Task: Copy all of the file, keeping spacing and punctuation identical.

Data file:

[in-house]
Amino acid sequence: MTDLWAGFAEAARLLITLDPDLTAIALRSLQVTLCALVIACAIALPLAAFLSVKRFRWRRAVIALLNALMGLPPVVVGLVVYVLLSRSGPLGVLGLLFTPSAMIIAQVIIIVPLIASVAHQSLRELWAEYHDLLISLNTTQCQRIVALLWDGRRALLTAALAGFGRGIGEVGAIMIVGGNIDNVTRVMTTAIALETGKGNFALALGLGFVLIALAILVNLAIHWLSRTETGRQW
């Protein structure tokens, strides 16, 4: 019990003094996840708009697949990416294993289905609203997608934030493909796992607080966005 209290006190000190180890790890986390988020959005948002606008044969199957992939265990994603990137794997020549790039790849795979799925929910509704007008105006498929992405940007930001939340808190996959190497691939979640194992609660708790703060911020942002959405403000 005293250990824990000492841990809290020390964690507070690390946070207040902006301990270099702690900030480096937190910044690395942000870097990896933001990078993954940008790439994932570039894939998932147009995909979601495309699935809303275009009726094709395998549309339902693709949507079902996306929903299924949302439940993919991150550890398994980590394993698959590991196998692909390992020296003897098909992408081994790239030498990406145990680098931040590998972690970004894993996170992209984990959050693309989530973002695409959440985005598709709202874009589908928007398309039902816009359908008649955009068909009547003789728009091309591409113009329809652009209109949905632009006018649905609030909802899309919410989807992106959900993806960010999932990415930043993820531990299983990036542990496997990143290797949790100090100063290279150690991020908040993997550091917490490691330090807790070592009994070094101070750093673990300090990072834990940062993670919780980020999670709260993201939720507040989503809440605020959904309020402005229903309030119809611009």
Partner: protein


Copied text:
[in-house]
Amino acid sequence: MTDLWAGFAEAARLLITLDPDLTAIALRSLQVTLCALVIACAIALPLAAFLSVKRFRWRRAVIALLNALMGLPPVVVGLVVYVLLSRSGPLGVLGLLFTPSAMIIAQVIIIVPLIASVAHQSLRELWAEYHDLLISLNTTQCQRIVALLWDGRRALLTAALAGFGRGIGEVGAIMIVGGNIDNVTRVMTTAIALETGKGNFALALGLGFVLIALAILVNLAIHWLSRTETGRQW
């Protein structure tokens, strides 16, 4: 019990003094996840708009697949990416294993289905609203997608934030493909796992607080966005 209290006190000190180890790890986390988020959005948002606008044969199957992939265990994603990137794997020549790039790849795979799925929910509704007008105006498929992405940007930001939340808190996959190497691939979640194992609660708790703060911020942002959405403000 005293250990824990000492841990809290020390964690507070690390946070207040902006301990270099702690900030480096937190910044690395942000870097990896933001990078993954940008790439994932570039894939998932147009995909979601495309699935809303275009009726094709395998549309339902693709949507079902996306929903299924949302439940993919991150550890398994980590394993698959590991196998692909390992020296003897098909992408081994790239030498990406145990680098931040590998972690970004894993996170992209984990959050693309989530973002695409959440985005598709709202874009589908928007398309039902816009359908008649955009068909009547003789728009091309591409113009329809652009209109949905632009006018649905609030909802899309919410989807992106959900993806960010999932990415930043993820531990299983990036542990496997990143290797949790100090100063290279150690991020908040993997550091917490490691330090807790070592009994070094101070750093673990300090990072834990940062993670919780980020999670709260993201939720507040989503809440605020959904309020402005229903309030119809611009």
Partner: protein